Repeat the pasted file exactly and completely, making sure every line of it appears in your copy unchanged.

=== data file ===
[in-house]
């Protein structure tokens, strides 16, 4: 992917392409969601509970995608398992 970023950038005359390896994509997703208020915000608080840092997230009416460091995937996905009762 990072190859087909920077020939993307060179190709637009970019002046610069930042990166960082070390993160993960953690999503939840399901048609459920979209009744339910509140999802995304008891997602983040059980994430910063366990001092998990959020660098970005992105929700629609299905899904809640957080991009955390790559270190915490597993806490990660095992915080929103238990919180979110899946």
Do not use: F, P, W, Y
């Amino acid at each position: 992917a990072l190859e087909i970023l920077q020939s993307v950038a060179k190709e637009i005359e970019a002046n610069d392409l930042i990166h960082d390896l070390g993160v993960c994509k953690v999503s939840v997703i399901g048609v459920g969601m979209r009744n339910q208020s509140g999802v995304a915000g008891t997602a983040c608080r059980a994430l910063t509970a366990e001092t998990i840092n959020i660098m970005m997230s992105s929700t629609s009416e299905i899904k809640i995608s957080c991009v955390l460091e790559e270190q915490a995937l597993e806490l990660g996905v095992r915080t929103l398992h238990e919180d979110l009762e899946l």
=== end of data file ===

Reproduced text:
[in-house]
């Protein structure tokens, strides 16, 4: 992917392409969601509970995608398992 970023950038005359390896994509997703208020915000608080840092997230009416460091995937996905009762 990072190859087909920077020939993307060179190709637009970019002046610069930042990166960082070390993160993960953690999503939840399901048609459920979209009744339910509140999802995304008891997602983040059980994430910063366990001092998990959020660098970005992105929700629609299905899904809640957080991009955390790559270190915490597993806490990660095992915080929103238990919180979110899946």
Do not use: F, P, W, Y
């Amino acid at each position: 992917a990072l190859e087909i970023l920077q020939s993307v950038a060179k190709e637009i005359e970019a002046n610069d392409l930042i990166h960082d390896l070390g993160v993960c994509k953690v999503s939840v997703i399901g048609v459920g969601m979209r009744n339910q208020s509140g999802v995304a915000g008891t997602a983040c608080r059980a994430l910063t509970a366990e001092t998990i840092n959020i660098m970005m997230s992105s929700t629609s009416e299905i899904k809640i995608s957080c991009v955390l460091e790559e270190q915490a995937l597993e806490l990660g996905v095992r915080t929103l398992h238990e919180d979110l009762e899946l």